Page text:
In 2000, I was an engineering student at ASU, and my good friend, Christy Williams, asked me if I was interested in writing. She’d received The Weekend Novelist (a how-to book about completing a novel in one year) for her birthday and wanted a writing companion.
I enjoyed writing since elementary school—publishing poems in class-produced newspapers—but felt I wasn’t very good; English was my worst subject. I was more of a reader. Fictional book characters were my best friends—especially through the lonely years of junior high. I was a regular at the school library and could pinpoint, wearing a blindfold, where Sweet Valley High, The Forbidden Game, or the classics sat on the shelves. I volunteered at the public library during my summers.
So when Christy asked me to delve into novelist territory, I eagerly agreed, hoping to create worlds where shy teenagers could escape and find fictional friends whom they could trust. We began studying the exercises in the how-to book, meeting at least once a month and trading ideas. Though my first novel was not the “next great American novel”, it sparked a passion within me that I didn’t know was there. I wrote all the time, even during classes (which sets a bad example for you students, so ignore this part!).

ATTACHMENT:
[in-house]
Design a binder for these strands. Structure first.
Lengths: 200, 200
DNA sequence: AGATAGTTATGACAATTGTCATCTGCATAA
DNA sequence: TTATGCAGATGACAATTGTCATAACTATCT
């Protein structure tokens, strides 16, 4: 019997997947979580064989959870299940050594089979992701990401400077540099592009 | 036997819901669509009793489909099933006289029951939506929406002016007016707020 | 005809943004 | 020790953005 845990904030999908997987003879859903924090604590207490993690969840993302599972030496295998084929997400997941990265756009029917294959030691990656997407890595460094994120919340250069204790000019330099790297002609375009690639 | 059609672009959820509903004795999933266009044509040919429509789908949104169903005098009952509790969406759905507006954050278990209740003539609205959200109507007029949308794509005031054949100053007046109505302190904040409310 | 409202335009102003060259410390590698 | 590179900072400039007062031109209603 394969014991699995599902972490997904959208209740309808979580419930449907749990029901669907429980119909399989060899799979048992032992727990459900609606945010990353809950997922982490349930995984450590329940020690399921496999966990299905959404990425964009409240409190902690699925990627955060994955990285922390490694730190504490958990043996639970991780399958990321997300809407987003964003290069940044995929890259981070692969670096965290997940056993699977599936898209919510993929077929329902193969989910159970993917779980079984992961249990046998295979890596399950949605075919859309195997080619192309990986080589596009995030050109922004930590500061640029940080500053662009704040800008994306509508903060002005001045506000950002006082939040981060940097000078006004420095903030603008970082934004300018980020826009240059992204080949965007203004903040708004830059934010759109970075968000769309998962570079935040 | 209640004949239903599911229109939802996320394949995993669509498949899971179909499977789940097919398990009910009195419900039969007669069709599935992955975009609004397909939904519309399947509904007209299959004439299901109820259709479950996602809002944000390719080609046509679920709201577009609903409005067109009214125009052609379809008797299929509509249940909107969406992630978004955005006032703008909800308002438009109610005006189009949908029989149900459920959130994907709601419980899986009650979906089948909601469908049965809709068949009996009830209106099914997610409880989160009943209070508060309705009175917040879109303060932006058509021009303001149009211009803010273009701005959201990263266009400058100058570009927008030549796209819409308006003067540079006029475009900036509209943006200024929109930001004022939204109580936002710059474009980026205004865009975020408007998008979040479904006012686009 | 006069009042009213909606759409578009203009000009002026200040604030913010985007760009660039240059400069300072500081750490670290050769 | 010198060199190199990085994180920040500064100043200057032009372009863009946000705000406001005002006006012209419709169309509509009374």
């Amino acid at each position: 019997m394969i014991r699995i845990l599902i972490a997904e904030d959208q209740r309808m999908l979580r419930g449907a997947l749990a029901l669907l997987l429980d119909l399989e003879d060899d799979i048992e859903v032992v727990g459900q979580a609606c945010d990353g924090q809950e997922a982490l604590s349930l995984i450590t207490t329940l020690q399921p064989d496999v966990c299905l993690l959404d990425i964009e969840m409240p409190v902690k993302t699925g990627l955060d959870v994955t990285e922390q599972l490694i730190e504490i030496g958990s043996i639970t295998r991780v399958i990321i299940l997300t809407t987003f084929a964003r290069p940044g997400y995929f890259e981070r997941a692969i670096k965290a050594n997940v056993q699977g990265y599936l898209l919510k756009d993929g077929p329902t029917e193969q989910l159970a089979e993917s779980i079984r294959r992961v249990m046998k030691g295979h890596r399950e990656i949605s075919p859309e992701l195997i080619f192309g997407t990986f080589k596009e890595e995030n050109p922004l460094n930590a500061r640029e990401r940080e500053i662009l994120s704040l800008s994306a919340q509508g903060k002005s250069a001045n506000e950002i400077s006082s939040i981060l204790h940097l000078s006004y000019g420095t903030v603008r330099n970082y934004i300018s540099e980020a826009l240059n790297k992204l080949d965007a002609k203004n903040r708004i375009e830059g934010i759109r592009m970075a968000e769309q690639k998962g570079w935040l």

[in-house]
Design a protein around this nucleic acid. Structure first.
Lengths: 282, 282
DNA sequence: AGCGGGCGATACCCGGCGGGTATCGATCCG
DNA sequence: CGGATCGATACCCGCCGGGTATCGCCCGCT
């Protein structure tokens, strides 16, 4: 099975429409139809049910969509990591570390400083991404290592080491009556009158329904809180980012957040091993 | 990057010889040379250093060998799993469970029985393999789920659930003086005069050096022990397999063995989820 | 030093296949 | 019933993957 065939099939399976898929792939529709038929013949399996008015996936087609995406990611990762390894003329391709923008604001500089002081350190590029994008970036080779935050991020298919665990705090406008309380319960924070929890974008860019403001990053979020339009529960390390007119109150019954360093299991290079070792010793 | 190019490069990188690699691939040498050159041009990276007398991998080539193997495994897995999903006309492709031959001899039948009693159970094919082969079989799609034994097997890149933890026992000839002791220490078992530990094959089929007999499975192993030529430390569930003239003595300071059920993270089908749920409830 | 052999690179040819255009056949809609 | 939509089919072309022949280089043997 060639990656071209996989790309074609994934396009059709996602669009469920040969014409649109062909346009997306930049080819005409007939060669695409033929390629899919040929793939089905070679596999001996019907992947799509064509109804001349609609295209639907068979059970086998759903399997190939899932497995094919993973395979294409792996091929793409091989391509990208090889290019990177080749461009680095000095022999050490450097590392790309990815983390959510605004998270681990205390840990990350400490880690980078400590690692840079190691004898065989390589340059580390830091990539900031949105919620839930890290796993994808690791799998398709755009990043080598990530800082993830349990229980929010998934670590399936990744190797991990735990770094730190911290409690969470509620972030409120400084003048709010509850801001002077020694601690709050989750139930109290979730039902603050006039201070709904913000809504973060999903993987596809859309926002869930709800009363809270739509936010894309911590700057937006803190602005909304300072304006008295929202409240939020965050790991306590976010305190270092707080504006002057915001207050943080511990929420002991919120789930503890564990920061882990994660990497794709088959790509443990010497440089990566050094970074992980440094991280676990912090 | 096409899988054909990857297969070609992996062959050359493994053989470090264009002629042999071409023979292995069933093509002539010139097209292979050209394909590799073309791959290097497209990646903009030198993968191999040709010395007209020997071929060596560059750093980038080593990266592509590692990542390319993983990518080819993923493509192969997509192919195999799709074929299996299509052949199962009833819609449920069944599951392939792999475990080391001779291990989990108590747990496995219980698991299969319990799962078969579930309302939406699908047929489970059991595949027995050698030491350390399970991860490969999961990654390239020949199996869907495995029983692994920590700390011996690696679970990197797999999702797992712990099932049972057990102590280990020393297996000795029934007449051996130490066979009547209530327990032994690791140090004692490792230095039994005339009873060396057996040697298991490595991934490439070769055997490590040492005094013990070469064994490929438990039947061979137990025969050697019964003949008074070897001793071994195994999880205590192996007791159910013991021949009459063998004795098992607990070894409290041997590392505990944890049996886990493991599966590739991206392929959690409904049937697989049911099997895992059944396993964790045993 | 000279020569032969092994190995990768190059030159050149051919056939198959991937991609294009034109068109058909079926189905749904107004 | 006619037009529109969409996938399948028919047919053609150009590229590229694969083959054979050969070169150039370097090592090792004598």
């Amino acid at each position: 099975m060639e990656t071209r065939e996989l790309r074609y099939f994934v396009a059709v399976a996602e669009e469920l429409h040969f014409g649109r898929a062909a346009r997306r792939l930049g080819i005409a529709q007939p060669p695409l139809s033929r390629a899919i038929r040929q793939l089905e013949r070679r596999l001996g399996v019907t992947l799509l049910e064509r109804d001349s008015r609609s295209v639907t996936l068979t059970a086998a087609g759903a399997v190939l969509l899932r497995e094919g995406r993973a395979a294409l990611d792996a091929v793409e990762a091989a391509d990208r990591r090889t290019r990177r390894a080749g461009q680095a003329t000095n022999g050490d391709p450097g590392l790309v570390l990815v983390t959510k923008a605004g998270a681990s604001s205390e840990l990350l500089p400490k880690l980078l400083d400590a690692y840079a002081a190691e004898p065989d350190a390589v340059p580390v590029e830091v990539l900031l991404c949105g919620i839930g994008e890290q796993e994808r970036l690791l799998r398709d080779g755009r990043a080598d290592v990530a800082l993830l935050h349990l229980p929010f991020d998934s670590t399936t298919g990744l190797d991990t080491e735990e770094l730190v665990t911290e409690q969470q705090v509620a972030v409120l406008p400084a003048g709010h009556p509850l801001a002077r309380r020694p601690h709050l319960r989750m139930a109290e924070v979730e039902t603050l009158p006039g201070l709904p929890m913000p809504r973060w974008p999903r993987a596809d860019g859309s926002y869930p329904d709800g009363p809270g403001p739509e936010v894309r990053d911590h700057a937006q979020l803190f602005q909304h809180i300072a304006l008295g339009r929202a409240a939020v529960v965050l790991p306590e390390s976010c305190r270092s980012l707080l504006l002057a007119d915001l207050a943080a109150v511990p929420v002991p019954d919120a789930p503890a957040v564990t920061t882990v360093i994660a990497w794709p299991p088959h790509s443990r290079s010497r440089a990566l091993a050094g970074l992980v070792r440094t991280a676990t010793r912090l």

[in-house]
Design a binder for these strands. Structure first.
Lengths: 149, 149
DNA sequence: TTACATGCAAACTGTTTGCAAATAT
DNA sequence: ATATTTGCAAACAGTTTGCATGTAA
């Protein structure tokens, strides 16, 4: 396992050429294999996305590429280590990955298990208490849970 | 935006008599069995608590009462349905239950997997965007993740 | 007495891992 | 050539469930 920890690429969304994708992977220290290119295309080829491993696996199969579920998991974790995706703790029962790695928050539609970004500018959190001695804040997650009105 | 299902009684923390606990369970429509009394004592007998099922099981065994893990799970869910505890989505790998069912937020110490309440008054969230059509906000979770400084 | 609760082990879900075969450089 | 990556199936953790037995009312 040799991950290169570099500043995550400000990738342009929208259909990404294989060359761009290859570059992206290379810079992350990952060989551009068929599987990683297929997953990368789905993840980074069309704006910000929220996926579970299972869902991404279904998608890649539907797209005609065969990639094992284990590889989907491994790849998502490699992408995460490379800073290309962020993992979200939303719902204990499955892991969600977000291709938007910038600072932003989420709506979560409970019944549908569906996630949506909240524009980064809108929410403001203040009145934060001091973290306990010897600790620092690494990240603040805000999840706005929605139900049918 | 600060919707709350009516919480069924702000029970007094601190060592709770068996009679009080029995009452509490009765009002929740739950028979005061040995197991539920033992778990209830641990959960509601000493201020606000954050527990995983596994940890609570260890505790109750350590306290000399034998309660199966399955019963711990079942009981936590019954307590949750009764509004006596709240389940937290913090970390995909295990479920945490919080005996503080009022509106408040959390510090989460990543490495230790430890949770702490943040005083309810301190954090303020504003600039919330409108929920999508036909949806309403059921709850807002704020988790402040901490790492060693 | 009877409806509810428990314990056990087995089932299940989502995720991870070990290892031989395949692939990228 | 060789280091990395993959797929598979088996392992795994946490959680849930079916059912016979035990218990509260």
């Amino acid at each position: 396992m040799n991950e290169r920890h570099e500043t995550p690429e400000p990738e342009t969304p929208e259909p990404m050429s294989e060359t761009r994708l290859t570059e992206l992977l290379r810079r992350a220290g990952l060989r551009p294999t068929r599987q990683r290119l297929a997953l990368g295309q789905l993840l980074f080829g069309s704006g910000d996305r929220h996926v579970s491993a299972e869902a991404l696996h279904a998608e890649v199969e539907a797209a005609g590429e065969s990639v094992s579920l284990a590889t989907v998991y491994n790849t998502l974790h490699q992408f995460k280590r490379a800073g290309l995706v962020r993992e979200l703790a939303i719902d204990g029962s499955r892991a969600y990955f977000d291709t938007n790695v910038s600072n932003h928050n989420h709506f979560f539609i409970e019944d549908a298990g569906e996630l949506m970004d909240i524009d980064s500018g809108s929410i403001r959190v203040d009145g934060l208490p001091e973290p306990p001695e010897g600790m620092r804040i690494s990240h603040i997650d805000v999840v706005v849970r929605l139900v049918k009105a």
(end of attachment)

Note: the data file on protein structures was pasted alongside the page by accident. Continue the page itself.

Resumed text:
I believe that this gift was God-given, to balance my technical studies with something creative. It’s something that I thank him for every night that I write.
Why did you start writing?